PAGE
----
For each of the currently utilized vaccines approved for use worldwide, adverse events differ. Vaccines are listed in order of efﬁcacy and safety with the most safe vaccine listed ﬁrst. HDCV and RVA are interchangeable when used as recommended.
HDCV (Human Diploid Cell Vaccine)
Nausea, abdominal pain, headache, dizziness, and muscle aches. Reported by 20% of recipients (171). Allergic reaction. Urticaria or anaphylactic shock are
rarely reported (172).
Neurological complication. Rarely reported, although there have been three cases of Guillain-Barré syndrome reported (170).
Booster shots of HDCV. May cause an immune com- plex-like reaction within 2–21 days after vaccination. Reactions may include generalized urticaria, angioede- ma, nausea, vomiting, fever, malaise, arthralgia, or ar- thritis (173,174).
RVA (Rabies Vaccine Absorbed)
Anaphylactic reaction. Has not been reported among users.
Local reaction. Occurs in 65–70% of patients, with 10%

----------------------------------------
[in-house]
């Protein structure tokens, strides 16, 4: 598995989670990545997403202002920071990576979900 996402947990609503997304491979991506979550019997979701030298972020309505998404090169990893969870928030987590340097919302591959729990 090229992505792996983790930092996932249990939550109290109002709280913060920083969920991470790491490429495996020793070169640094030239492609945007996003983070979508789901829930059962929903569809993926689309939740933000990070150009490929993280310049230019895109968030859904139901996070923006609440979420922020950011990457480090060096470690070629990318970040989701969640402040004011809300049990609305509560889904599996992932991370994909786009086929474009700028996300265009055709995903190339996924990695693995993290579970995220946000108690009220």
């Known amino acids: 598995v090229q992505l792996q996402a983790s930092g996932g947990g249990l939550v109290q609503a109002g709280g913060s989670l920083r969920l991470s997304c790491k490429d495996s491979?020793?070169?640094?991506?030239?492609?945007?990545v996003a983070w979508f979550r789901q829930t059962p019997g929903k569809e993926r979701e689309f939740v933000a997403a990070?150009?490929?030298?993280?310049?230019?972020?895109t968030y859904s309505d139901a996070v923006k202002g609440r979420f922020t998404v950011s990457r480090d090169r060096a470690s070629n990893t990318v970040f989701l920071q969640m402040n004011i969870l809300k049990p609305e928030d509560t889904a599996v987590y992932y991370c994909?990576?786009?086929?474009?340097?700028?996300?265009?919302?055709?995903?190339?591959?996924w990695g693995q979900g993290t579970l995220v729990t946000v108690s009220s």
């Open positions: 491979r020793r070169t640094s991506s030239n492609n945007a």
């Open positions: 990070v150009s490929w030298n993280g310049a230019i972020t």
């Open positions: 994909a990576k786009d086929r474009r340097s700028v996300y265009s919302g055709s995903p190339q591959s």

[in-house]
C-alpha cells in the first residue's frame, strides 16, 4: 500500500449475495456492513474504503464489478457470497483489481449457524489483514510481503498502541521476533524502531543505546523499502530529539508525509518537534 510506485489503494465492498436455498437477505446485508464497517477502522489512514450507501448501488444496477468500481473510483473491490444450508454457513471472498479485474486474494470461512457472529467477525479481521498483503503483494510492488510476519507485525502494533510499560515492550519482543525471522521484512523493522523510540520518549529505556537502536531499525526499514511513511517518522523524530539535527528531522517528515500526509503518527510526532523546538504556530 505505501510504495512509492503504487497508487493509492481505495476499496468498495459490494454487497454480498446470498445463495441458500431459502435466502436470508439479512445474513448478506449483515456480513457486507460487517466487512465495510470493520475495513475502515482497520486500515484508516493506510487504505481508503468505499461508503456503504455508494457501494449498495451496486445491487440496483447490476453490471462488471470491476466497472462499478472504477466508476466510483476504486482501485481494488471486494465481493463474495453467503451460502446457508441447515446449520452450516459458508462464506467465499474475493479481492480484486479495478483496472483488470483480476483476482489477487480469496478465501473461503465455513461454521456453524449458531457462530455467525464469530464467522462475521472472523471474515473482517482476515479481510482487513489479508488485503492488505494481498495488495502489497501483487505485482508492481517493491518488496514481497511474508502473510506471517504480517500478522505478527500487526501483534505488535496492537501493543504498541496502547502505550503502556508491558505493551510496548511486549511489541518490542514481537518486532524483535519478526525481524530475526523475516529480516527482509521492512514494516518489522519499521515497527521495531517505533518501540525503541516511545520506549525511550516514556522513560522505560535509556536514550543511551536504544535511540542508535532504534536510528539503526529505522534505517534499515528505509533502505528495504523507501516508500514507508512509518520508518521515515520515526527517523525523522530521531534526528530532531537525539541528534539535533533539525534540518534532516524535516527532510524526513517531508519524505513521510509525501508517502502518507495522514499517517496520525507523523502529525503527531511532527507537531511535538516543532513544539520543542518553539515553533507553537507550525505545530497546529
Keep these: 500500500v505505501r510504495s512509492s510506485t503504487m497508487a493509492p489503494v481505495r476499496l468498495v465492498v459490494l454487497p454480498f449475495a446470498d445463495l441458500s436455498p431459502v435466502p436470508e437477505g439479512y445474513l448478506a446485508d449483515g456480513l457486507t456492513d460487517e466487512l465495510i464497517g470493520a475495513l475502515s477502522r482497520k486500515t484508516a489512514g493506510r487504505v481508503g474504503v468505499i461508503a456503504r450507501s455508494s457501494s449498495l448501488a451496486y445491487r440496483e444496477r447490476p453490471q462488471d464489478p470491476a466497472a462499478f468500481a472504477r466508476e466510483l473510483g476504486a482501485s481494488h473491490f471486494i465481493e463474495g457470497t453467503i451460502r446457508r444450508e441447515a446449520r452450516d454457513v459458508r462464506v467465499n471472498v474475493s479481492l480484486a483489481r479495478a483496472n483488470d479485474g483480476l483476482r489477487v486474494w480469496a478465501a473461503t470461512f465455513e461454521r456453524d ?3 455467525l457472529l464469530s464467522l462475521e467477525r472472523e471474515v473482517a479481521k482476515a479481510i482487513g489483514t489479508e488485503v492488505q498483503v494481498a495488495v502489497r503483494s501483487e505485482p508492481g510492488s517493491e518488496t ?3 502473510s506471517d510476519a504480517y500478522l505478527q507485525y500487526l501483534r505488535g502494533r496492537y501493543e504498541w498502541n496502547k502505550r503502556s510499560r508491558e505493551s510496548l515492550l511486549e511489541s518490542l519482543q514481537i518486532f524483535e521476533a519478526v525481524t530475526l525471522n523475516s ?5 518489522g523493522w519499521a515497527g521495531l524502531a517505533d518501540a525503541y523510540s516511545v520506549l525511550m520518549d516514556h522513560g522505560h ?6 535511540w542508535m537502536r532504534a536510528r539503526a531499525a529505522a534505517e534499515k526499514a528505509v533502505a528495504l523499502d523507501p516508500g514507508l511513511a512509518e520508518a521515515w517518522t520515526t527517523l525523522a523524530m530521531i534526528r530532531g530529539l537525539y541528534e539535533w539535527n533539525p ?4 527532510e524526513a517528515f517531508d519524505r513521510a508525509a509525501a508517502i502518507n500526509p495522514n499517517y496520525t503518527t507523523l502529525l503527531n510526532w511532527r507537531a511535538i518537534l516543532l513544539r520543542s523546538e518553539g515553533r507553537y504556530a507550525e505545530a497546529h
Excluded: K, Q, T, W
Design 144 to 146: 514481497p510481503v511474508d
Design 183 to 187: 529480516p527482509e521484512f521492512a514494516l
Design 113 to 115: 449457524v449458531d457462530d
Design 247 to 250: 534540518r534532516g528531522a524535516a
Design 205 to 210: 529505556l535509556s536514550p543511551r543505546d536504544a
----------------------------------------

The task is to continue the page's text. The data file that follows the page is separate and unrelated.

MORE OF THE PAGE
reporting mild symptoms.
Immune complex-like illness. Rare (<1%).
Serious neurological condition. Rare.
PCECV (Puriﬁed Chick-Embryo Cell-Culture Vaccine)
Anaphylactic shock. Two cases of anaphylaxis have oc- curred among 11.8 million doses worldwide.
Egg allergy. Reaction is a concern for those with egg al- lergies.
Local and mild systemic reaction. Occurs the least in PCECV. No immune complex-like illnesses have been reported.
Brain or Nerve Tissue
Neurological complication. Serious risk of neurologi- cal complications.
Pathogenic infection. Caused by imperfect inactiva- tion of vaccine virus.
Immunosuppressive agents. Corticosteroids and oth- er immunosuppressive agents may suppress antibody development following vaccinations. Unless they are absolutely necessary, these should not be administered during postexposure therapy.
Antimalarials. Chloroquine phosphate, meﬂoquine, and other antimalarials can diminish response to rabies treatment. Intramuscular injection of the vaccine en- hances response in those taking antimalarials.
Immunosuppressed patients. In patients preparing to undergo transplants or chemotherapy, or who have im- munosuppressive diseases, some physicians have rec- ommended doubling the dose of rabies vaccine to achieve an acceptable immune response (175–177).